I'm looking hard for the rationale for proposed closure.
From the Parks Canada site:
Parks Canada is committed to protecting natural and cultural resources while providing high-quality and meaningful experiences to visitors. ...
Throughout the pandemic in 2020 and 2021, vehicle access on the eastern half of the Bow Valley Parkway was restricted. This interim measure was taken to help support physical distancing requirements at Johnston Canyon, while allowing space for outdoor recreation. The change resulted in an enhanced cycling opportunity on a scenic, well-maintained roadway with minimal vehicle traffic.
It sounds as though local sentiment -- an important factor -- is weighted heavily. There is very little in this statement on actual mitigation of impacts on "natural and cultural resources." Johnston Canyon can be accessed from the western end.
I would be happy to see more animals along the proposed closure and to encounter fewer cars, even if doing so required some auto-free workarounds for me. I assume the animal populations (including a resident wolf pack?) would only be happier, but I'd be interested to know whether Parks undertook studies of reduced impacts on natural and cultural resources or whether that is just boilerplate language, a reiteration of mission.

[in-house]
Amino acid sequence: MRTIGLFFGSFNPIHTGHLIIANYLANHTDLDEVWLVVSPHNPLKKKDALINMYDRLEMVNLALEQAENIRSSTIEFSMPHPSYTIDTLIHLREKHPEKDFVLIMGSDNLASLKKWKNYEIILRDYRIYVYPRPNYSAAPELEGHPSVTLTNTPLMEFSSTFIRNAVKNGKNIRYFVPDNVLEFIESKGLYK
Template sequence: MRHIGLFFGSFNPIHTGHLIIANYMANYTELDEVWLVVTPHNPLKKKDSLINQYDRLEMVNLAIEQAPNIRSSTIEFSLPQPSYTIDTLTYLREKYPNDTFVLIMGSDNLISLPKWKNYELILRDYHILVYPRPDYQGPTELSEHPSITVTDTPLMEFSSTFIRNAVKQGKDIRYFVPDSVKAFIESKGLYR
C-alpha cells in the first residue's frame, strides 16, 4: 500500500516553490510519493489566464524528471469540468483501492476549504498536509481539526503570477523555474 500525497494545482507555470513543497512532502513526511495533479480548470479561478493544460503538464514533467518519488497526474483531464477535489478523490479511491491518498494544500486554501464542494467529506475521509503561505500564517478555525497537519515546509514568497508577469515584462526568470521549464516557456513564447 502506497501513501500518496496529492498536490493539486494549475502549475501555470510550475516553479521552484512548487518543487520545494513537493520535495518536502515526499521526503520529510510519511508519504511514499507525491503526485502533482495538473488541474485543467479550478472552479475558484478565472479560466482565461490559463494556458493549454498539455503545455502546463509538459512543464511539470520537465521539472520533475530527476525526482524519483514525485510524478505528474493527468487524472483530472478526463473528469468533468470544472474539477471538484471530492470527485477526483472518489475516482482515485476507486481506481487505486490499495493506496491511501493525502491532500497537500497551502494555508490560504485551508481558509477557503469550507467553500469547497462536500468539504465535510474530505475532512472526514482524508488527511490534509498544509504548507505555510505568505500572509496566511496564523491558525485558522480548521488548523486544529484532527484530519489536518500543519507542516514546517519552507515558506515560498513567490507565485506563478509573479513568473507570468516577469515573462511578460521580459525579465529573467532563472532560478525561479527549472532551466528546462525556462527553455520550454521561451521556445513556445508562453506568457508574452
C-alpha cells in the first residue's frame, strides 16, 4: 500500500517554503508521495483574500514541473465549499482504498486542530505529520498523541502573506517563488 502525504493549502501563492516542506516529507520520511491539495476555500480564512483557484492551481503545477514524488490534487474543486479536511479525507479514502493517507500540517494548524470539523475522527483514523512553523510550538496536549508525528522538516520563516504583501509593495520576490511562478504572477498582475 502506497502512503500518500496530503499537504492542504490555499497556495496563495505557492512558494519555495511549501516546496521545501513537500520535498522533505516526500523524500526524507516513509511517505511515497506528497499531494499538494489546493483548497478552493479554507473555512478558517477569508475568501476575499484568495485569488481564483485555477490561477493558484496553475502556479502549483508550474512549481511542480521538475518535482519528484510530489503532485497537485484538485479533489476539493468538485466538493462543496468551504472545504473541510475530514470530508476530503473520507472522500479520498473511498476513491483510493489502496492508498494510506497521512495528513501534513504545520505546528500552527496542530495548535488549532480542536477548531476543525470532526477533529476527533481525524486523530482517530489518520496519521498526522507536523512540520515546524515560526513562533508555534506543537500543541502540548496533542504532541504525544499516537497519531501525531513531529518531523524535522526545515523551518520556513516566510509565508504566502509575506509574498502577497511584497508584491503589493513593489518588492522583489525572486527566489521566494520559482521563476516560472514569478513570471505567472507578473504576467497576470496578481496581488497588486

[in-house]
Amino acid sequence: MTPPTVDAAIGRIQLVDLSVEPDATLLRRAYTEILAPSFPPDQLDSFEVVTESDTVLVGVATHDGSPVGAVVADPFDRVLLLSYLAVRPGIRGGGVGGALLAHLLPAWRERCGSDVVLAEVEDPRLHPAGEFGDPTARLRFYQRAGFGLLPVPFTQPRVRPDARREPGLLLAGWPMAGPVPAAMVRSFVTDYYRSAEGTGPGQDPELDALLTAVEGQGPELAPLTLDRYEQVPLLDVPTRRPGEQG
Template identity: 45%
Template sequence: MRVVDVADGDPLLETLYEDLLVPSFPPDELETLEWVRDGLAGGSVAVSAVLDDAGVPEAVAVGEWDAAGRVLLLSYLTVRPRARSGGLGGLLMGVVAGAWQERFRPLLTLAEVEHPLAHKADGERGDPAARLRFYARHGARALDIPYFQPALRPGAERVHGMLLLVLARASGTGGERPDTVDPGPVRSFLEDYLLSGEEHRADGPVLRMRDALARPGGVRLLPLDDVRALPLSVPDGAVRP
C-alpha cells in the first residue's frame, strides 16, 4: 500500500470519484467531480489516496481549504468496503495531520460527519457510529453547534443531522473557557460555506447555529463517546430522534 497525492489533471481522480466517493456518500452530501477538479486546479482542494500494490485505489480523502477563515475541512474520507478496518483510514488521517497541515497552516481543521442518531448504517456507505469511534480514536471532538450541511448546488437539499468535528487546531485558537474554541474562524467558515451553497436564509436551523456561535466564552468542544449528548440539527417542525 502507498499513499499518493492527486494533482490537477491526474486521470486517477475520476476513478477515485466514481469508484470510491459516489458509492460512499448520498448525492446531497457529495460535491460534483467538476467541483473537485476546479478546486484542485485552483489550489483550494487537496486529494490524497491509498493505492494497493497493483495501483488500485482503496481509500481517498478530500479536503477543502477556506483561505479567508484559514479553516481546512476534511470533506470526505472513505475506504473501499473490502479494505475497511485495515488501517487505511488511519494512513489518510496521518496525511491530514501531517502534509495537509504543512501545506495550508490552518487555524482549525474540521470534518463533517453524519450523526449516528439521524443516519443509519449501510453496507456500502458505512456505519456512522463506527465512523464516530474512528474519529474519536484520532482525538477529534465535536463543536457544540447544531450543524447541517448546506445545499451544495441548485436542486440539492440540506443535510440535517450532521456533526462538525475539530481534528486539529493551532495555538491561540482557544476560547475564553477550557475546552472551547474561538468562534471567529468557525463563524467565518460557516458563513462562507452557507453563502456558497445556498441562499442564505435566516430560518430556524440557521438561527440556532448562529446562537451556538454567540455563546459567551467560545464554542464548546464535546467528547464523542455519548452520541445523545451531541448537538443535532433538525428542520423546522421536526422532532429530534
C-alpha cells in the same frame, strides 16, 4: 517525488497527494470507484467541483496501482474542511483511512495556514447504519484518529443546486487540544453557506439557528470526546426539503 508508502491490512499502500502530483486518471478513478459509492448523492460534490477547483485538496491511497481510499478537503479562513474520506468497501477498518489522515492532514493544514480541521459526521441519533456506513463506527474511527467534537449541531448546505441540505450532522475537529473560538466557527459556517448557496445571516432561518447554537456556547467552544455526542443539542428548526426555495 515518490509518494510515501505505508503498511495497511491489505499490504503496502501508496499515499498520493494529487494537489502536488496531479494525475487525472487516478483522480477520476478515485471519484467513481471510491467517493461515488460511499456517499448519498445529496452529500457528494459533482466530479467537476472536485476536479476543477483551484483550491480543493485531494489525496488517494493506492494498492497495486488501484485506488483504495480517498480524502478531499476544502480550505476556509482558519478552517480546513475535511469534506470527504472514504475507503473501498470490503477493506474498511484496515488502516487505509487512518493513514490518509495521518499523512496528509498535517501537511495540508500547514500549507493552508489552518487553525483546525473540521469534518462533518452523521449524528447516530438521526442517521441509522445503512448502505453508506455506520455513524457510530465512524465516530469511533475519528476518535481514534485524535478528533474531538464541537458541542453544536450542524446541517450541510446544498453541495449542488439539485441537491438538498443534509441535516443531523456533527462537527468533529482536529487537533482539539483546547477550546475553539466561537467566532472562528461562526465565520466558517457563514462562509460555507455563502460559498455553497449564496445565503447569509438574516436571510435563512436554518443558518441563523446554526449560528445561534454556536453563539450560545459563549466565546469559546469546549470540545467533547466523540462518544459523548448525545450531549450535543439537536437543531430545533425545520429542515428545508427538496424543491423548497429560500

Adding here some further info I found elsewhere on Parks Canada site, regarding overnight closure in spring:
March 1 to June 25, 8 p.m. to 8 a.m. All activities To give the animals the space they need to thrive during the spring; at crucial times of the day and year
Perhaps the proposed further closures can be read as an extension of this policy and rationale.
Edit to add: I am unsure whether Bow Valley Parkway is part of the Y2Y Bow Valley section; I think technically not.
Nonetheless, possibly of interest:
The importance of wildlife corridors in the Bow Valley
One such corridor in the Yellowstone-to-Yukon region is in Albertaís Bow Valley. This area, just outside Banff National Park, is one of the four most important east-west connectors in the entire 2,000-mile (3,200-kilometer) length of the region, and one of two such valleys in Alberta.
(Y2Y recommends limiting cycling in wildlife corridors, as mentioned in the linked article.)